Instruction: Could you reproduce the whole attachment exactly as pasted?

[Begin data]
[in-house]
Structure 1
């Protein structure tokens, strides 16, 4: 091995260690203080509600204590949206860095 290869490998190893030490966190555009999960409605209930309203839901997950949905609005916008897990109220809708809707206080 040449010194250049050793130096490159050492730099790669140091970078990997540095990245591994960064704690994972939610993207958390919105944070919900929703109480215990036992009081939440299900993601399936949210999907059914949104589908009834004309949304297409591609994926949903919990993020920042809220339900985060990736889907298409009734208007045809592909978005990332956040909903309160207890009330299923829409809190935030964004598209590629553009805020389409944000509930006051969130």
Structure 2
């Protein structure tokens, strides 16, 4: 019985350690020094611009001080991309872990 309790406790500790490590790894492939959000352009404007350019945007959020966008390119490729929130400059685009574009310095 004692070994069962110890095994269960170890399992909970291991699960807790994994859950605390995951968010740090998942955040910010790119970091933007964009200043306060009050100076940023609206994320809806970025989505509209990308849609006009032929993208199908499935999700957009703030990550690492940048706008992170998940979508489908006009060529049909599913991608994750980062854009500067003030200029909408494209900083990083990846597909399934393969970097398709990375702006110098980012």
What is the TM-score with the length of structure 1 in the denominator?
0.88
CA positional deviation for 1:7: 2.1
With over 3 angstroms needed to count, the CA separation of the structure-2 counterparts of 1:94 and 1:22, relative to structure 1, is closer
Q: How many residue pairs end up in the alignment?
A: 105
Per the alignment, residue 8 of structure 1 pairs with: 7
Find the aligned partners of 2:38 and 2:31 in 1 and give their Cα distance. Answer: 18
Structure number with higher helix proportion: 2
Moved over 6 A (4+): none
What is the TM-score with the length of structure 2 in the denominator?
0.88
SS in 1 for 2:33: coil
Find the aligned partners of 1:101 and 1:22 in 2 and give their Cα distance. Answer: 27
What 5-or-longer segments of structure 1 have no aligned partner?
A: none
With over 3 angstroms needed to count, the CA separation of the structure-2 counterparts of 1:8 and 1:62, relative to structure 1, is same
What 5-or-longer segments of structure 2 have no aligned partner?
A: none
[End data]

[in-house]
Structure 1
């Protein structure tokens, strides 16, 4: 091995260690203080509600204590949206860095 290869490998190893030490966190555009999960409605209930309203839901997950949905609005916008897990109220809708809707206080 040449010194250049050793130096490159050492730099790669140091970078990997540095990245591994960064704690994972939610993207958390919105944070919900929703109480215990036992009081939440299900993601399936949210999907059914949104589908009834004309949304297409591609994926949903919990993020920042809220339900985060990736889907298409009734208007045809592909978005990332956040909903309160207890009330299923829409809190935030964004598209590629553009805020389409944000509930006051969130």
Structure 2
């Protein structure tokens, strides 16, 4: 019985350690020094611009001080991309872990 309790406790500790490590790894492939959000352009404007350019945007959020966008390119490729929130400059685009574009310095 004692070994069962110890095994269960170890399992909970291991699960807790994994859950605390995951968010740090998942955040910010790119970091933007964009200043306060009050100076940023609206994320809806970025989505509209990308849609006009032929993208199908499935999700957009703030990550690492940048706008992170998940979508489908006009060529049909599913991608994750980062854009500067003030200029909408494209900083990083990846597909399934393969970097398709990375702006110098980012």
What is the TM-score with the length of structure 1 in the denominator?
0.88
CA positional deviation for 1:7: 2.1
With over 3 angstroms needed to count, the CA separation of the structure-2 counterparts of 1:94 and 1:22, relative to structure 1, is closer
Q: How many residue pairs end up in the alignment?
A: 105
Per the alignment, residue 8 of structure 1 pairs with: 7
Find the aligned partners of 2:38 and 2:31 in 1 and give their Cα distance. Answer: 18
Structure number with higher helix proportion: 2
Moved over 6 A (4+): none
What is the TM-score with the length of structure 2 in the denominator?
0.88
SS in 1 for 2:33: coil
Find the aligned partners of 1:101 and 1:22 in 2 and give their Cα distance. Answer: 27
What 5-or-longer segments of structure 1 have no aligned partner?
A: none
With over 3 angstroms needed to count, the CA separation of the structure-2 counterparts of 1:8 and 1:62, relative to structure 1, is same
What 5-or-longer segments of structure 2 have no aligned partner?
A: none